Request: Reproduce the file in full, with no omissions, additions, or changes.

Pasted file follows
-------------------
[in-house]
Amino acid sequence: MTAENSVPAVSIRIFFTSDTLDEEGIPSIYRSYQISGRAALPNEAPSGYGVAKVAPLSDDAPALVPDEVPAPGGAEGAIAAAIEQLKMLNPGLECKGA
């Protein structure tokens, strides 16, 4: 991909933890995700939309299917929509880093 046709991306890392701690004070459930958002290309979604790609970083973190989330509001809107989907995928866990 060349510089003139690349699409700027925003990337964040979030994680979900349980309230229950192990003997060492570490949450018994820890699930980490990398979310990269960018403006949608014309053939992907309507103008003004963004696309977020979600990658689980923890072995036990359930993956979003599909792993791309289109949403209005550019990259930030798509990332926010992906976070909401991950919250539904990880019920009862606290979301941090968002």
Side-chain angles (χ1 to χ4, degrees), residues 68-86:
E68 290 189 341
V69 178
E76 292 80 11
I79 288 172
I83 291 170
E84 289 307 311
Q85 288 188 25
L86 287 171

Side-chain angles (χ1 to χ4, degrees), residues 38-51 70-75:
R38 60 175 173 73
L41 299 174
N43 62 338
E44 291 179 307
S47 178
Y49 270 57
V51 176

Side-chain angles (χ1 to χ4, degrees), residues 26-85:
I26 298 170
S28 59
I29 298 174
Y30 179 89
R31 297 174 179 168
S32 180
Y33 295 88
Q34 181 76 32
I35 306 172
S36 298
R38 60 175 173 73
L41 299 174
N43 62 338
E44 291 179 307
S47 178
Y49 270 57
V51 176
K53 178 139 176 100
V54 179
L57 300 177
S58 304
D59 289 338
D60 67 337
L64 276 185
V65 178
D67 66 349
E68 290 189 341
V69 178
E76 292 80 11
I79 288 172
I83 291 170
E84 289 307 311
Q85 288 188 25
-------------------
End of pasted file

[in-house]
Amino acid sequence: MTAENSVPAVSIRIFFTSDTLDEEGIPSIYRSYQISGRAALPNEAPSGYGVAKVAPLSDDAPALVPDEVPAPGGAEGAIAAAIEQLKMLNPGLECKGA
């Protein structure tokens, strides 16, 4: 991909933890995700939309299917929509880093 046709991306890392701690004070459930958002290309979604790609970083973190989330509001809107989907995928866990 060349510089003139690349699409700027925003990337964040979030994680979900349980309230229950192990003997060492570490949450018994820890699930980490990398979310990269960018403006949608014309053939992907309507103008003004963004696309977020979600990658689980923890072995036990359930993956979003599909792993791309289109949403209005550019990259930030798509990332926010992906976070909401991950919250539904990880019920009862606290979301941090968002």
Side-chain angles (χ1 to χ4, degrees), residues 68-86:
E68 290 189 341
V69 178
E76 292 80 11
I79 288 172
I83 291 170
E84 289 307 311
Q85 288 188 25
L86 287 171

Side-chain angles (χ1 to χ4, degrees), residues 38-51 70-75:
R38 60 175 173 73
L41 299 174
N43 62 338
E44 291 179 307
S47 178
Y49 270 57
V51 176

Side-chain angles (χ1 to χ4, degrees), residues 26-85:
I26 298 170
S28 59
I29 298 174
Y30 179 89
R31 297 174 179 168
S32 180
Y33 295 88
Q34 181 76 32
I35 306 172
S36 298
R38 60 175 173 73
L41 299 174
N43 62 338
E44 291 179 307
S47 178
Y49 270 57
V51 176
K53 178 139 176 100
V54 179
L57 300 177
S58 304
D59 289 338
D60 67 337
L64 276 185
V65 178
D67 66 349
E68 290 189 341
V69 178
E76 292 80 11
I79 288 172
I83 291 170
E84 289 307 311
Q85 288 188 25